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Movie Review – Super Troopers 2

Movie Review – Super Troopers 2
09 May
5:28

In 2001, Broken Lizard submitted an outstanding entry into the stoner comedy subgenre with Super Troopers. Of course, the movie itself wasn’t outstanding; it was a middling, forgettable flick with a handful of decent gags and not much else. But as a stoner comedy, a genre built around infantile humour, short attention spans, and repetition, it was a monument. It became a popular movie in dorm rooms around the country as twentysomethings with…altered states of mind watched the ribald comedy about zany highway patrolmen on a constant loop. Comedy “troupes” aped the film’s dialogue while aspiring filmmakers recreated its iconic scenes. It was the typical cult classic.

 

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Now, 17 years later, all of those stoners are inching closer to 40 and, like everyone else these days, they’re feeling nostalgic. They wanted more Super Troopers. And Broken Lizard (after a string of disappointing follow-up films) was more than happy to oblige them. They set up a crowdfunding campaign that easily reached its goal.

 

So here we are. Broken Lizard is back on the big screen with their “beloved” characters in Super Troopers 2. It’s appropriate the group popularized the stoner comedy genre in the early 2000s, since their abysmal sequel serves as a prime example as to why the genre is held in such low regard. Broken Lizard brought the stoner comedy into this world and now they’ve killed it. The circle is complete.

 

Super Troopers 2 is so bad, so mind-numbingly terrible, it retroactively tarnishes the already-mediocre original. How could the same cast behind a mildly amusing comedy produce something as comically-barren as this abomination? Perhaps the original was never good and it’s only remembered fondly through the thick haze of nostalgia and ganja smoke. Super Troopers 2 is not only a bad film in its own right; it actively tramples on your memories.

 

Joke after joke lands with a dull thud. The dialogue is peppered with bizarre, unfunny turns of phrase that clearly delight the cast, but baffle the audience. It’s like being stuck in a miserable improv group performance that’s comprised of nothing but inside jokes. Broken Lizard clearly seem bemused that they’re back on the big screen, so they aimlessly shuffle through painful gag after miserable joke until the movie reaches feature length.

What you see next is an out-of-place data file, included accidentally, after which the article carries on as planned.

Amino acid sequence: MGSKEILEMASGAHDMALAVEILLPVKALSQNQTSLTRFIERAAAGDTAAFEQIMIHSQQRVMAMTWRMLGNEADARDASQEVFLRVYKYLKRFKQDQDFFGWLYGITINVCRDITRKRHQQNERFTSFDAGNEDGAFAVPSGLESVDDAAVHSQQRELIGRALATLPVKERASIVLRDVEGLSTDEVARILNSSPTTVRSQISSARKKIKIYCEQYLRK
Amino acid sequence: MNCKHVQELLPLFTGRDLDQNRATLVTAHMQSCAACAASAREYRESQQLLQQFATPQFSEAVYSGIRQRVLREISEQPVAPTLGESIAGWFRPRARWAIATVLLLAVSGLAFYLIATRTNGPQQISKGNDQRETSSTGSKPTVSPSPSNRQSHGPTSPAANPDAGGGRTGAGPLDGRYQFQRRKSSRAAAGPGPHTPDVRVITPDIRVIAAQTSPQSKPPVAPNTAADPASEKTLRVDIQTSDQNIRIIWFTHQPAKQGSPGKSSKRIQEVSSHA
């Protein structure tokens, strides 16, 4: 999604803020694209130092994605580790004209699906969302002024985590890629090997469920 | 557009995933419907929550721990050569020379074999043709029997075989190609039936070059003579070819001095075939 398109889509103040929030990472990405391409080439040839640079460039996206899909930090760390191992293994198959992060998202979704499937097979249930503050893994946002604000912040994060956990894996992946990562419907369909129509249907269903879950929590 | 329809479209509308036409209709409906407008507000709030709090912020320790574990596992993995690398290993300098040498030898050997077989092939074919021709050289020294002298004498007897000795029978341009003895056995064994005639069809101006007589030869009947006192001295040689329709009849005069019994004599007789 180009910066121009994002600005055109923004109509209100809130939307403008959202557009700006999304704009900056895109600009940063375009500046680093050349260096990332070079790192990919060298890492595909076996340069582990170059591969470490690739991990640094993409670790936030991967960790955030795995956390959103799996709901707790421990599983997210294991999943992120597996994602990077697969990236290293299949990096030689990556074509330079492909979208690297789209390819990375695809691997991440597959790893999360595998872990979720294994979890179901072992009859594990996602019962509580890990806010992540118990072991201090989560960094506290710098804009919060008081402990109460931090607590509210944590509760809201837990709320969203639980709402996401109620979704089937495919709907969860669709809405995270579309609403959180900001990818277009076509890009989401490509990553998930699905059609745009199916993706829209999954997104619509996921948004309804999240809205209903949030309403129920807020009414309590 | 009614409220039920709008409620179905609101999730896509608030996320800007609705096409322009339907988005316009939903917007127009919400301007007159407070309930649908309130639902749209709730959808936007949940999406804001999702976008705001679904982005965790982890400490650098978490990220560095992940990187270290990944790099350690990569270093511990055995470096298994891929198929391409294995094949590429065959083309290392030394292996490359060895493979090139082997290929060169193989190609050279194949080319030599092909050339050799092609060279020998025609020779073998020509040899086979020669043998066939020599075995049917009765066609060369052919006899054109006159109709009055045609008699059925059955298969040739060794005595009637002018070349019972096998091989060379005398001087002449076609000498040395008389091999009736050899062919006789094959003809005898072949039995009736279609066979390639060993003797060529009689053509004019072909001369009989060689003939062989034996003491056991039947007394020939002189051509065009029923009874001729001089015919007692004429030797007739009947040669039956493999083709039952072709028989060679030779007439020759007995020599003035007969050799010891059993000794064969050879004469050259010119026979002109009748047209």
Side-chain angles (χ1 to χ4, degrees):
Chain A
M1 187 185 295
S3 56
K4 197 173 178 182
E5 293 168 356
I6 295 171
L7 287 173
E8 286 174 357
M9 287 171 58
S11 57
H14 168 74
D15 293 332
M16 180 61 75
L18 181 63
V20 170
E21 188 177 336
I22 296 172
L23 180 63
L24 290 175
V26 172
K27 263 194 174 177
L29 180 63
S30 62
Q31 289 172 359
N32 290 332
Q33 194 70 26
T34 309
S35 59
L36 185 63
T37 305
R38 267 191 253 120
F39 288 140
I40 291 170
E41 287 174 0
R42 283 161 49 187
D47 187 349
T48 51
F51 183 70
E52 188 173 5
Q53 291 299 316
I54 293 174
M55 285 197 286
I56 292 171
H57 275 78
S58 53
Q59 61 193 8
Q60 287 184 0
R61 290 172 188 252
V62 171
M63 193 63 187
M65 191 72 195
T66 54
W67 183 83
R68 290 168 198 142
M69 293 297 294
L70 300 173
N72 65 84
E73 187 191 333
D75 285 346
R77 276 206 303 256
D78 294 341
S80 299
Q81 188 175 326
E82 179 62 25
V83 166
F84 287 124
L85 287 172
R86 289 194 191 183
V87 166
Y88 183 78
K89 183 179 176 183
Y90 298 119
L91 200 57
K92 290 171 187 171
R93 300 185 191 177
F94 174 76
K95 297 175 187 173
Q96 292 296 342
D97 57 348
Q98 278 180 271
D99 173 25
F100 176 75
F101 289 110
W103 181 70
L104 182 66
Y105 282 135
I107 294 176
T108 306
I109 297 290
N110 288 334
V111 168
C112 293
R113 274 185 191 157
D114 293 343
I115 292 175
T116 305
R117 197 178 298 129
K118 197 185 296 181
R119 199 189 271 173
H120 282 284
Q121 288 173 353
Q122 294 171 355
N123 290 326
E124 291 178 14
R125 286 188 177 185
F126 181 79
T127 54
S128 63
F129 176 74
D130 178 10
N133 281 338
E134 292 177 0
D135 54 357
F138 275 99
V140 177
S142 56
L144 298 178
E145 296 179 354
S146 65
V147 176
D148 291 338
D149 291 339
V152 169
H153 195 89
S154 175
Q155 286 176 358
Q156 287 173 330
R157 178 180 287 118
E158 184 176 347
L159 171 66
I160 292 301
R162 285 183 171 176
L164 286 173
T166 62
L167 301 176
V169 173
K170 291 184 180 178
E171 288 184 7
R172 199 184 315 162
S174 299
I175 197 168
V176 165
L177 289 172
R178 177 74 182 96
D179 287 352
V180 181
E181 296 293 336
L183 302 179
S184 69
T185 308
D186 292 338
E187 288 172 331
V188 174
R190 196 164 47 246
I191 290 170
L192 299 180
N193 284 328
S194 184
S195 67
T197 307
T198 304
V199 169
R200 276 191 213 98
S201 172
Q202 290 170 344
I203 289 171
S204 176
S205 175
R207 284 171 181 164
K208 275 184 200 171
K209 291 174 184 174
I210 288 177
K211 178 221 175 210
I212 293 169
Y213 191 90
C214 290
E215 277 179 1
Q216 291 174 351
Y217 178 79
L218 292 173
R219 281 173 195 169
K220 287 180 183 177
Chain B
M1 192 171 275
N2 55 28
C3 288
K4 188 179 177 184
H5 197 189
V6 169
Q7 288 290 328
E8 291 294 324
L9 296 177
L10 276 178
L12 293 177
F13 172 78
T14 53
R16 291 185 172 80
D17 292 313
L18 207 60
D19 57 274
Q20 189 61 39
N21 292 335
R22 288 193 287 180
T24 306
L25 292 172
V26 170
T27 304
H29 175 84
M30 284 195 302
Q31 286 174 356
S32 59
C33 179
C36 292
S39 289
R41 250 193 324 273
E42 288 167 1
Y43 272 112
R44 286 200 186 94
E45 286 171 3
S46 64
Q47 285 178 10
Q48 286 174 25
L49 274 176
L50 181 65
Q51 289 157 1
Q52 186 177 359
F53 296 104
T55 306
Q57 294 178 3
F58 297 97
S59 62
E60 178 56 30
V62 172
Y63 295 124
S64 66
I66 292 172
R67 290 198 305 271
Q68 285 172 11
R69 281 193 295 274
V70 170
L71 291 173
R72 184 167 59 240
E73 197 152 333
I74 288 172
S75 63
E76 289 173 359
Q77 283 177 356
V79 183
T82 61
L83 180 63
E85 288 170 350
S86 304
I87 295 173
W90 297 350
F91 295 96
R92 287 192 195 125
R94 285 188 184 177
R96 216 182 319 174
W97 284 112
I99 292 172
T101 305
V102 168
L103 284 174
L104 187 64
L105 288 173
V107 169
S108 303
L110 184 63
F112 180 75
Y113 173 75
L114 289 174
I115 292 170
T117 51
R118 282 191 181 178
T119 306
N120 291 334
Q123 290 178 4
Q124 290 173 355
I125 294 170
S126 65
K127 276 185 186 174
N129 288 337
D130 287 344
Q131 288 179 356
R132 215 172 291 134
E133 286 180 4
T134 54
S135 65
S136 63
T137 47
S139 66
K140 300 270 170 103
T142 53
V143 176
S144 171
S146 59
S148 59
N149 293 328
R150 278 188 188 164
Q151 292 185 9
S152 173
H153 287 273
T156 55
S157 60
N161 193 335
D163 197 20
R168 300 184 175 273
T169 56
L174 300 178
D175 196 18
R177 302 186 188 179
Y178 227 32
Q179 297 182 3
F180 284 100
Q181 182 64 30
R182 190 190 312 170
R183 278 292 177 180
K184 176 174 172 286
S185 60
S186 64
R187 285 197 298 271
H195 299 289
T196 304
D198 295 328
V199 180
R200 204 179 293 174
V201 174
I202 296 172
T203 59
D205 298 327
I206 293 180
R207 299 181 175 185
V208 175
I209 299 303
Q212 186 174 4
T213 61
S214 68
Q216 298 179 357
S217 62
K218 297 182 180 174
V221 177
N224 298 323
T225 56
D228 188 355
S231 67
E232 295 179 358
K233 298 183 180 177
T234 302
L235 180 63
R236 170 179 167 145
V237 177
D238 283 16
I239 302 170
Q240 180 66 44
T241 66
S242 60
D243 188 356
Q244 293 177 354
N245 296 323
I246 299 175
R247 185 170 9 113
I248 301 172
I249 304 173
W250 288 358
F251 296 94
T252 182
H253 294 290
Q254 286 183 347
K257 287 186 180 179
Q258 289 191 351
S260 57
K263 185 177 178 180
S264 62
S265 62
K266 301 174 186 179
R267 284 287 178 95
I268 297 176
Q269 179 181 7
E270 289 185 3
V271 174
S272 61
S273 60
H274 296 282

The plot is a complete joke and, like every other joke in this torture-disguised-as-a-movie, it never produces a laugh. The “lovable” characters from the first movie spend their days bothering each other and acting like frat boys, even as they all push 50 (something that might have been funny if the film had drawn attention to it; instead it’s just faintly sad). For no reason, they’re recruited to the highway patrol squad in a Quebec town that, due to a mapping mistake, is about to join the United States. The gaggle of morons competes with a cadre of French-Canadian cops who are as stupid and unfunny as them. They also uncover a drug smuggling ring, which is the exact same plot as the first movie. The word “lazy” comes to mind often during Super Troopers 2.

 

Super Troopers 2 is simply unfunny. Your mileage may vary, of course, but as a comedy, the film falls painfully short. The camerawork never once tries to highlight or add to a gag. It just sits there like an unmotivated stoner. Line after line is built around tired clichés about drugs, scatological humour, and male genitalia. Broken Lizard dusted off their “Big Book of Stoner Jokes” for this movie and they made sure no gag went unused.

 

If there’s one saving grace, no matter how dim, it’s Brian Cox. The veteran actor is best known for his dramatic depth and hammy performances. In Super Troopers 2, he’s just as committed to his role as any other movie. He brings an angry, shouty performance to the movie, injecting all of his scenes with energy. It’s one-note and not terribly funny (mostly due to the bad writing), but at least he’s got a pulse. The rest of the cast (even Rob Lowe) is so low-energy they seem comatose.

 

In Super Troopers 2, no one shuts up. They prattle on and on, spouting out an avalanche of insults and non-jokes. They rarely evoke laughter, but they keep going, like a failing stand-up comic holding his audience hostage. This kind of verbal barrage would seem extreme in Guantanamo Bay.

 

Super Troopers 2 never should have left the reefer-inspired minds of Broken Lizard. It’s an abhorrent mess with nothing to offer but a 100-minute time sinkhole. Save your high for something funny.

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